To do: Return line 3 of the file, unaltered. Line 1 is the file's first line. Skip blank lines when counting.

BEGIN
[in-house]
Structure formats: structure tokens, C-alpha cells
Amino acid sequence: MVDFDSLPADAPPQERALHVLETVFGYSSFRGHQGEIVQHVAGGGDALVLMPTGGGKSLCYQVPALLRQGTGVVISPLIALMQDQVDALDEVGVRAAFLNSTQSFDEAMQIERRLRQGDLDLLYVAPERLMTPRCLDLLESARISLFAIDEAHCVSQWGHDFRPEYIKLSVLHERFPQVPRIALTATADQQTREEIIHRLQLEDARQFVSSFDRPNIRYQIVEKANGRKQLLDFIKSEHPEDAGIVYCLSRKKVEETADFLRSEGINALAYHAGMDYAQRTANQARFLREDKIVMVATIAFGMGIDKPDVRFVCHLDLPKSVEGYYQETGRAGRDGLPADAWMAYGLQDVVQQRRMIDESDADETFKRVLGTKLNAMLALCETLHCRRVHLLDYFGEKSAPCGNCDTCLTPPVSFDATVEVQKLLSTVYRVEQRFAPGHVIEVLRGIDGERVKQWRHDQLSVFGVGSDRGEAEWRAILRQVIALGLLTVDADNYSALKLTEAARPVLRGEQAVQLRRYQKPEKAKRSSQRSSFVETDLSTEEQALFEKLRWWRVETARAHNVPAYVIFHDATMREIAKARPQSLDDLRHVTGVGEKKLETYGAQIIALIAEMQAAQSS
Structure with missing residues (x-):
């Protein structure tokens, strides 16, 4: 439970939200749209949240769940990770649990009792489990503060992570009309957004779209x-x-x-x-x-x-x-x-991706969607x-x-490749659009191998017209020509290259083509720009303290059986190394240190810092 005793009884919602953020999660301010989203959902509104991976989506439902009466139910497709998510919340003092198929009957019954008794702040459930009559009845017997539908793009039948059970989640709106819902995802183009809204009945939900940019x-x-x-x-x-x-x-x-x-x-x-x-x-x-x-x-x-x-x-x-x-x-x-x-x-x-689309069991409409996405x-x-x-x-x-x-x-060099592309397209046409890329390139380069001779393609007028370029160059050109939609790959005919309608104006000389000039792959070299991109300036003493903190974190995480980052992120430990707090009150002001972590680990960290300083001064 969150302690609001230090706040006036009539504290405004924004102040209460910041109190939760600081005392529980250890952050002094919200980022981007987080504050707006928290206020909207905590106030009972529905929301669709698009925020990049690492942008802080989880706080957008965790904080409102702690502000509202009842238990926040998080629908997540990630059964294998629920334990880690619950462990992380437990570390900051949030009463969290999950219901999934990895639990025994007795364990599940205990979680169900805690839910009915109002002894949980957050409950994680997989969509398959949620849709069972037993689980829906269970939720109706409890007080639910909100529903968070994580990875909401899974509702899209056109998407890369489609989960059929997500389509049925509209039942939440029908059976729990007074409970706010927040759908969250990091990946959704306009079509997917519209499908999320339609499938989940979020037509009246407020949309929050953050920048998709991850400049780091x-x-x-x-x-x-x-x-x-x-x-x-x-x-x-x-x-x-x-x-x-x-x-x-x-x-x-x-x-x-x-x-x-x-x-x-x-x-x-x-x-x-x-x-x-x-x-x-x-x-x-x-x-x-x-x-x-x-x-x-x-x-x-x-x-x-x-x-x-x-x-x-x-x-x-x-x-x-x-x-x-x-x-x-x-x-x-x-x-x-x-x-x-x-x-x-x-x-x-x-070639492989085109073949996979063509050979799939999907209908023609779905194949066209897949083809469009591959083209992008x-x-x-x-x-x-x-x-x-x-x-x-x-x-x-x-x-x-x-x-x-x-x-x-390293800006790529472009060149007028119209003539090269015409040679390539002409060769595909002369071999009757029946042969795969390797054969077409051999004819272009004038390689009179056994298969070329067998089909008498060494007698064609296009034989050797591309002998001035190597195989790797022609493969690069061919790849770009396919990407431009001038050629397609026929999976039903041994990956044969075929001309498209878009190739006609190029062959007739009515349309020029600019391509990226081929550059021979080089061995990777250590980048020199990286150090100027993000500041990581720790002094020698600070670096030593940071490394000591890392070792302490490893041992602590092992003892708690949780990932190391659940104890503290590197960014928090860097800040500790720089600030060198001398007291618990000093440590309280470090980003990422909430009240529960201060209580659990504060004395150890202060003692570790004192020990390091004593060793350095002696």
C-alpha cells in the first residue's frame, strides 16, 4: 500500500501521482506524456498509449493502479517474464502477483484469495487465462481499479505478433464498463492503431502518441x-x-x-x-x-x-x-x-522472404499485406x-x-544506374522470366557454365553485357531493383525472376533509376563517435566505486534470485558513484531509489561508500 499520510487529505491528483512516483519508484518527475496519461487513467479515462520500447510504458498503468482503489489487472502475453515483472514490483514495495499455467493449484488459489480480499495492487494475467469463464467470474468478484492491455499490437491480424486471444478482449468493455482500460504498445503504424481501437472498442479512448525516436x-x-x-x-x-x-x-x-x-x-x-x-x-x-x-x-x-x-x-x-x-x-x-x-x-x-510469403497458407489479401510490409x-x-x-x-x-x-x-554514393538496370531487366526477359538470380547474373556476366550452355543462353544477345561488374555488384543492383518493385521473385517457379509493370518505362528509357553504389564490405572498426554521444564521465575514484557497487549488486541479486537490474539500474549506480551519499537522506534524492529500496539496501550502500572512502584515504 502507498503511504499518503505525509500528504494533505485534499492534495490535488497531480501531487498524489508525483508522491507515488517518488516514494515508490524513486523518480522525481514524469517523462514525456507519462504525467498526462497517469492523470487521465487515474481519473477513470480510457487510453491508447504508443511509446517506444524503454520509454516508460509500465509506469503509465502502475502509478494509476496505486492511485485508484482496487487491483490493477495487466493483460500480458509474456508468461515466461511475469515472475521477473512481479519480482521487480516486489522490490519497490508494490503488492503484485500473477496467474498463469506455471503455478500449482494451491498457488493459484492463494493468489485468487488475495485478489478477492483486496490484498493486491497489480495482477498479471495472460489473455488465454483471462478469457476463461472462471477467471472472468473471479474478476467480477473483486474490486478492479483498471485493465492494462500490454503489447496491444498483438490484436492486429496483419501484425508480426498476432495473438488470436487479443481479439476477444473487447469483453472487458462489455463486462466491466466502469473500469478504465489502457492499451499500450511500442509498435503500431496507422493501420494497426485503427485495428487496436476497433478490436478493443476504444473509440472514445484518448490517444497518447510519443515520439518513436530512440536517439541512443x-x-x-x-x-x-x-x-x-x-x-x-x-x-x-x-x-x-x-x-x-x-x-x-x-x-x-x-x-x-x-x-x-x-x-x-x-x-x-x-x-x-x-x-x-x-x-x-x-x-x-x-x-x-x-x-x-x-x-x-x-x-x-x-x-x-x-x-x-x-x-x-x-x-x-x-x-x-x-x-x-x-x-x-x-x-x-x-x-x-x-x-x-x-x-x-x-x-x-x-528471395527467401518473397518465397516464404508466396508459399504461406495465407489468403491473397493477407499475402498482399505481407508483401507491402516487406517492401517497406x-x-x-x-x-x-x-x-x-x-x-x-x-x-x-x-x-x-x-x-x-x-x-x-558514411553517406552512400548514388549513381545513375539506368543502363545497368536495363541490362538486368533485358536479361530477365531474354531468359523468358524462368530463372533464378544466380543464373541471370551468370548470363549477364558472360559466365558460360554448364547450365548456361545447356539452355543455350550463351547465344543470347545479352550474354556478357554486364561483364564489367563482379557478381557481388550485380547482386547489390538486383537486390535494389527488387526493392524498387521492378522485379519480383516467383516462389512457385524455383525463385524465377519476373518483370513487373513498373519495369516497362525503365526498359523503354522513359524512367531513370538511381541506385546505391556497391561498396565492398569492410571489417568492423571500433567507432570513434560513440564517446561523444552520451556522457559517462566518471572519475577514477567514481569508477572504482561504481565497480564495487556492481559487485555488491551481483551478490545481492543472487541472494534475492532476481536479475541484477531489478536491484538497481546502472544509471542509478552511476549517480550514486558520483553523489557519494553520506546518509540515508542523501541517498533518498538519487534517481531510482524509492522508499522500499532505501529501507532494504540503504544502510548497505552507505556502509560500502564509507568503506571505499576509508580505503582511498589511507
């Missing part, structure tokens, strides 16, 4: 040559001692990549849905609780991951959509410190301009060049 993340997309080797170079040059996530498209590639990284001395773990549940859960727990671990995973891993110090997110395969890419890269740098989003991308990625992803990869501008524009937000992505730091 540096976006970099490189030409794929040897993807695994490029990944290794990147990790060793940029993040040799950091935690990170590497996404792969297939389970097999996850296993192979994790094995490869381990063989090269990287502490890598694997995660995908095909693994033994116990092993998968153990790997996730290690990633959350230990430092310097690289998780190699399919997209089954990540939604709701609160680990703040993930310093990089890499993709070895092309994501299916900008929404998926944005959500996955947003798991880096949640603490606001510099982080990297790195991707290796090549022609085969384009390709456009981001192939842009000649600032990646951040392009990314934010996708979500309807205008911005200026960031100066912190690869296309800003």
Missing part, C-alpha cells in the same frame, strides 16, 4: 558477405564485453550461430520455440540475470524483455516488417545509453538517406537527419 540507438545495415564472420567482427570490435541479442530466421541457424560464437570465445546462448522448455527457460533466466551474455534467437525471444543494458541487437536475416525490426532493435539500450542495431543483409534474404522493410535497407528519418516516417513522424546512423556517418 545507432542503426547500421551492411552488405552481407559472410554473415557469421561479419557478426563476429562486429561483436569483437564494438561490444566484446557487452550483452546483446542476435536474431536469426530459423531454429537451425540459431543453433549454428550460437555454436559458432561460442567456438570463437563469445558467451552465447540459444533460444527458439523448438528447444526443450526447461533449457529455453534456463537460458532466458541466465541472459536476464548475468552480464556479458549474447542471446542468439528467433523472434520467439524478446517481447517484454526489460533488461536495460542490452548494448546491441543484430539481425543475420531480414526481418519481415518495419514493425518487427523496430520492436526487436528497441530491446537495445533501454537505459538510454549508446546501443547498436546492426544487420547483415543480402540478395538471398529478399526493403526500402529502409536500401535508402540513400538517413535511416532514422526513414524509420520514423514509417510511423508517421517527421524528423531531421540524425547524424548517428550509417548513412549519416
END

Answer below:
Amino acid sequence: MVDFDSLPADAPPQERALHVLETVFGYSSFRGHQGEIVQHVAGGGDALVLMPTGGGKSLCYQVPALLRQGTGVVISPLIALMQDQVDALDEVGVRAAFLNSTQSFDEAMQIERRLRQGDLDLLYVAPERLMTPRCLDLLESARISLFAIDEAHCVSQWGHDFRPEYIKLSVLHERFPQVPRIALTATADQQTREEIIHRLQLEDARQFVSSFDRPNIRYQIVEKANGRKQLLDFIKSEHPEDAGIVYCLSRKKVEETADFLRSEGINALAYHAGMDYAQRTANQARFLREDKIVMVATIAFGMGIDKPDVRFVCHLDLPKSVEGYYQETGRAGRDGLPADAWMAYGLQDVVQQRRMIDESDADETFKRVLGTKLNAMLALCETLHCRRVHLLDYFGEKSAPCGNCDTCLTPPVSFDATVEVQKLLSTVYRVEQRFAPGHVIEVLRGIDGERVKQWRHDQLSVFGVGSDRGEAEWRAILRQVIALGLLTVDADNYSALKLTEAARPVLRGEQAVQLRRYQKPEKAKRSSQRSSFVETDLSTEEQALFEKLRWWRVETARAHNVPAYVIFHDATMREIAKARPQSLDDLRHVTGVGEKKLETYGAQIIALIAEMQAAQSS